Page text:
Two Arlingtons? An Ethnographic Reflection

Two years ago I wrapped up a two-year ethnographic project along Northern Virginia’s Columbia Pike in Arlington, VA. The project provided a great site for the Field School for Cultural Documentation, but tensions in the community were running high. Long-term residents reported being ignored by their county board members. Small business owners said they were uniformed and shut out of discussions about the planned redevelopment project. Students were exited about the data they were collecting, but many reported feeling conflicted: residents, especially small ethnic business owners, were asking for help getting information. That was not the role the students were supposed to take.

Columbia Pike, Arlington VA


It was time to move to another project.

That field school ended, just as all of them have, with a public presentation of our findings. We had a huge crowd that day, nearly sixty community members and activists. We were very pleased to see Chris Zimmerman, then a member of the county board, join us.

The world emerging along Columbia Pike was divided. There were residents who supported redevelopment and the increased property values they believed would accompany the facelift. These residents uniformly supported the streetcar project.  The second large group were residents who were suspicious of redevelopment and did not want a streetcar.  But both groups spoke of the larger Arlington community, particularly those who live north of Route 50 in North Arlington. Many Columbia Pike residents believed that the interests of North Arlington were being enacted through the redevelopment project, that the board was unresponsive and interested only in raising tax revenues. It was common for Pike residents to say that redevelopment was threatening the unique qualities and culture of their community.

After my students completed their presentations, I had a minute to talk to Chris Zimmerman. I told him about the divide the ethnographic team found in the community, and I encouraged him to read the project fieldnotes and listen to the oral histories we collected. “I think it would be useful for you to hear what your citizens are saying about leadership in the county,” I told him.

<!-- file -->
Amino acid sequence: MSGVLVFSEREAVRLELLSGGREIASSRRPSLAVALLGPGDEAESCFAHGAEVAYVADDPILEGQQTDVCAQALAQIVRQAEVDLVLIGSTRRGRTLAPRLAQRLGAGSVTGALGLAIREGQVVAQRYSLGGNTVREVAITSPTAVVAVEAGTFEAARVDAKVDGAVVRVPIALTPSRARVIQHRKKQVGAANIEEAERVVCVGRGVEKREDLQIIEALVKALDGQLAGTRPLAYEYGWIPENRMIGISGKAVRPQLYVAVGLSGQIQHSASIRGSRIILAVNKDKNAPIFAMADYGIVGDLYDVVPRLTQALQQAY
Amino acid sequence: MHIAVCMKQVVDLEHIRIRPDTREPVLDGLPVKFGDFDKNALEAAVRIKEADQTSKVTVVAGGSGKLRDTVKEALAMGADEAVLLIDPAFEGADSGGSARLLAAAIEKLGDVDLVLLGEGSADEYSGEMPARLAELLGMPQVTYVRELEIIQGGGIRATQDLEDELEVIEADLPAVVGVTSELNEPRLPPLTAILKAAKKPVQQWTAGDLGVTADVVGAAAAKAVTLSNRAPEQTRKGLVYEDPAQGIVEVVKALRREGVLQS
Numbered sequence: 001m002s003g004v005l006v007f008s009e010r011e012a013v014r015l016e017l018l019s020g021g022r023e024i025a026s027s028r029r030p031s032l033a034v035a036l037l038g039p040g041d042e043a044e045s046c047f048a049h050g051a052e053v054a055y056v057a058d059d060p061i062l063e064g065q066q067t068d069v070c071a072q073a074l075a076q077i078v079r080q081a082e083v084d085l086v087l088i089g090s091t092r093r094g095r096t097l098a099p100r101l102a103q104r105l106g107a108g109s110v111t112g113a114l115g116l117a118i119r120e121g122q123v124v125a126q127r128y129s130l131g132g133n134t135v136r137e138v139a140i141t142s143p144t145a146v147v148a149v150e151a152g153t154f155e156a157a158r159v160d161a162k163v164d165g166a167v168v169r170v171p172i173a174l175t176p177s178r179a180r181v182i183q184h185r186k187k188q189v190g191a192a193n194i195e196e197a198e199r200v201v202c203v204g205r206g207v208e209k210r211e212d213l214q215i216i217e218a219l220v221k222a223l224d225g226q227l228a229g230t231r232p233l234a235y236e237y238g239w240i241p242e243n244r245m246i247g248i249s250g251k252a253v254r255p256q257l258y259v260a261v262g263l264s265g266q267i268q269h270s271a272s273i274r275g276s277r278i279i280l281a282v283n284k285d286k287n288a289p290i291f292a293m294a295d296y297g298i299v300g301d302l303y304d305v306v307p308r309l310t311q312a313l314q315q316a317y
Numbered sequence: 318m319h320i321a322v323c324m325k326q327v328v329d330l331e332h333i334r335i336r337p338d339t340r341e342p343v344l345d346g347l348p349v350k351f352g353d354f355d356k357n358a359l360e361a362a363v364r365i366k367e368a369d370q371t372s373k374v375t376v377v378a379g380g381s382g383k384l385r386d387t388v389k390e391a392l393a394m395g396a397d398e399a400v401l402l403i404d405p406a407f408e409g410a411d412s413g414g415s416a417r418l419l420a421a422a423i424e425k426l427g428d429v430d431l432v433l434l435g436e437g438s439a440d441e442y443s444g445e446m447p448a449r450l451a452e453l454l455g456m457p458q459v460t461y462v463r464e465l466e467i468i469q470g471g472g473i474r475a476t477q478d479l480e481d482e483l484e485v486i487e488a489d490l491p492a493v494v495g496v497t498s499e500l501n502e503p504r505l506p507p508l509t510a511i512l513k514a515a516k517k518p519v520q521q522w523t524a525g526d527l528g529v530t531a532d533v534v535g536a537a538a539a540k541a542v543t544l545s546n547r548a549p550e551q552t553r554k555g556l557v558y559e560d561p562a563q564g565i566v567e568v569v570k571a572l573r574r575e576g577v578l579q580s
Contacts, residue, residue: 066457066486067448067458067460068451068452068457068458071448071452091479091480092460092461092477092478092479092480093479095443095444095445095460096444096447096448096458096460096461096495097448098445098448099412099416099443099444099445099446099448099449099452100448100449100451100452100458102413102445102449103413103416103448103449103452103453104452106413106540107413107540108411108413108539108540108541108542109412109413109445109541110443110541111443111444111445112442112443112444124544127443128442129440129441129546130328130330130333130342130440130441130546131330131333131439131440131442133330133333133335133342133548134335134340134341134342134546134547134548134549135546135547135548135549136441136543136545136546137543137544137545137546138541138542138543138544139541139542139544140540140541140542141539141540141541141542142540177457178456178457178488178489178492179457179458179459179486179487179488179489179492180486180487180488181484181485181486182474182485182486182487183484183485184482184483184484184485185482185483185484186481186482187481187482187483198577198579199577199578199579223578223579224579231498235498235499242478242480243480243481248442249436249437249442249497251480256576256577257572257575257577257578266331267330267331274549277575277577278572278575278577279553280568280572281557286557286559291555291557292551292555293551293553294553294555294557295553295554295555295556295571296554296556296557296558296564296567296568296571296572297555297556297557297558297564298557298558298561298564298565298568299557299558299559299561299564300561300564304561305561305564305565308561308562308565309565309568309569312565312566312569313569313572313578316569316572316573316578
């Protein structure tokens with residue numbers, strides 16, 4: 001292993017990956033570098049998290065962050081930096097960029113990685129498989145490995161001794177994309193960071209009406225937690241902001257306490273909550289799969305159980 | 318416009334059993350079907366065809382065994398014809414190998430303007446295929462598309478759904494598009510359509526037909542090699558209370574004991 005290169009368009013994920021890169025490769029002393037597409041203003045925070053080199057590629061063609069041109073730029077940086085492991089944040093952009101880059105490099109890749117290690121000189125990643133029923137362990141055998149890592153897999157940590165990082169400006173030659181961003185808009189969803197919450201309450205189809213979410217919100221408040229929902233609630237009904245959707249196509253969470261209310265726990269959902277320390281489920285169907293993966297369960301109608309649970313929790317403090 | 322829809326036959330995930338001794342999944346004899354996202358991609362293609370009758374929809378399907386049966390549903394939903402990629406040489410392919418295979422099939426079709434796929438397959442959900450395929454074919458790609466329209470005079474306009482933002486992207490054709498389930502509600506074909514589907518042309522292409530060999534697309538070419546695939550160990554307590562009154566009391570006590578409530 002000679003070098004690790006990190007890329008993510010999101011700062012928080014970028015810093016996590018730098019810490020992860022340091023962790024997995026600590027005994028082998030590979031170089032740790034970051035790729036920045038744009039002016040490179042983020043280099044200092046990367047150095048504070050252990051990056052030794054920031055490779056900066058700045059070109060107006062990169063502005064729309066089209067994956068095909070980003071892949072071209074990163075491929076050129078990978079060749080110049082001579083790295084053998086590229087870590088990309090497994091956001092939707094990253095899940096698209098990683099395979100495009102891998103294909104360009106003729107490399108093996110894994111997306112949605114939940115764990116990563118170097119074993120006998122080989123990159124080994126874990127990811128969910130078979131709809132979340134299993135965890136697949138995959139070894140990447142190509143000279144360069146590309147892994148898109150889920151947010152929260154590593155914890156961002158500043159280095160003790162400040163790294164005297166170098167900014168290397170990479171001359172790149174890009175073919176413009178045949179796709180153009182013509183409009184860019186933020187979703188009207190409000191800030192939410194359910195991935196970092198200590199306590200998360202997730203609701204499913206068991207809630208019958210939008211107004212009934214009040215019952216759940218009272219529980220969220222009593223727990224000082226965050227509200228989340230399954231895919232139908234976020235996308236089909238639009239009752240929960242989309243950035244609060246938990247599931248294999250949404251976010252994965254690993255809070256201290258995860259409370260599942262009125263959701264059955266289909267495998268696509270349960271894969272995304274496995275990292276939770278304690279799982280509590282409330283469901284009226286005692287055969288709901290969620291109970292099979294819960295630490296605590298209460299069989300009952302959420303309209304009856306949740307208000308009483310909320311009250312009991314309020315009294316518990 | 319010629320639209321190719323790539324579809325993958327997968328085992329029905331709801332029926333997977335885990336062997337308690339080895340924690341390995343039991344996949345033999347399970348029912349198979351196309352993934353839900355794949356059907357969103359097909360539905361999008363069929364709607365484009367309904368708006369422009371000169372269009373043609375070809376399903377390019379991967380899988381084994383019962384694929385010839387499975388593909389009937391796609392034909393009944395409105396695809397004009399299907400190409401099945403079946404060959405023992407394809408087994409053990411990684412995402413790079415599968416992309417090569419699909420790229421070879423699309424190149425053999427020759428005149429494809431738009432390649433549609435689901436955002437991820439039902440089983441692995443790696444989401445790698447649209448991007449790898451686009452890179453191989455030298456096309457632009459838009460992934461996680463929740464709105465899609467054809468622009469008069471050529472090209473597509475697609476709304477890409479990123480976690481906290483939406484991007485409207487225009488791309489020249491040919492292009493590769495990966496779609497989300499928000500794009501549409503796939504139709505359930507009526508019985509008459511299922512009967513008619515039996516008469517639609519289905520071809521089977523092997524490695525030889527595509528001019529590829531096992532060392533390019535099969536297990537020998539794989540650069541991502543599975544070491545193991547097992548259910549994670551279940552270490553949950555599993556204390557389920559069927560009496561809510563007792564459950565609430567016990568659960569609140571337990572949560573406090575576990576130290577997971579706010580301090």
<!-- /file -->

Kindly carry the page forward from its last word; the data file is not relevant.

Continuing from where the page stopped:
Columbia Pike

Mr. Zimmerman declined my offer, noting that there are always discontented community members who disagree with major civic projects.

Today’s Washington Post published this article about two Arlingtons, north and south. The article ends on a positive note, quoting a north Arlington resident who sees the poorer residents south of his community as part of his Arlington. It’s a nice sentiment, and a great ending for the piece. But that statement doesn’t sum up what’s going on in Arlington along Columbia Pike. The streetcar defeat is no surprise to me or anyone who has spent time listening to residents who live there. The county board would be wise to spend some time listening those constituents as well.


One thought on “Two Arlingtons? An Ethnographic Reflection

  1. John Bartelloni

    Your comments do not surprise me.

    Many years ago I was a member of the Fairfax Young Democrats. In statewide conventions, the Arlington YDs always tried to speak for Northern Virginia while ignoring the voices of their neighbors from nearby Fairfax.

    Arlington leaders have long spoken of “the Arlington Way,” which of course is THEIR way, i.e., the manner how they want their county run. Such folks give intolerant liberals a bad name.

    South Arlington has long been silenced by the folks north of Route 50. Today, however, a new era dawns. Ethnic businesses are thriving along Columbia Pike and affluent yuppies are snapping up housing in areas where their parents never would have lived. At last there is some green in Green Valley.

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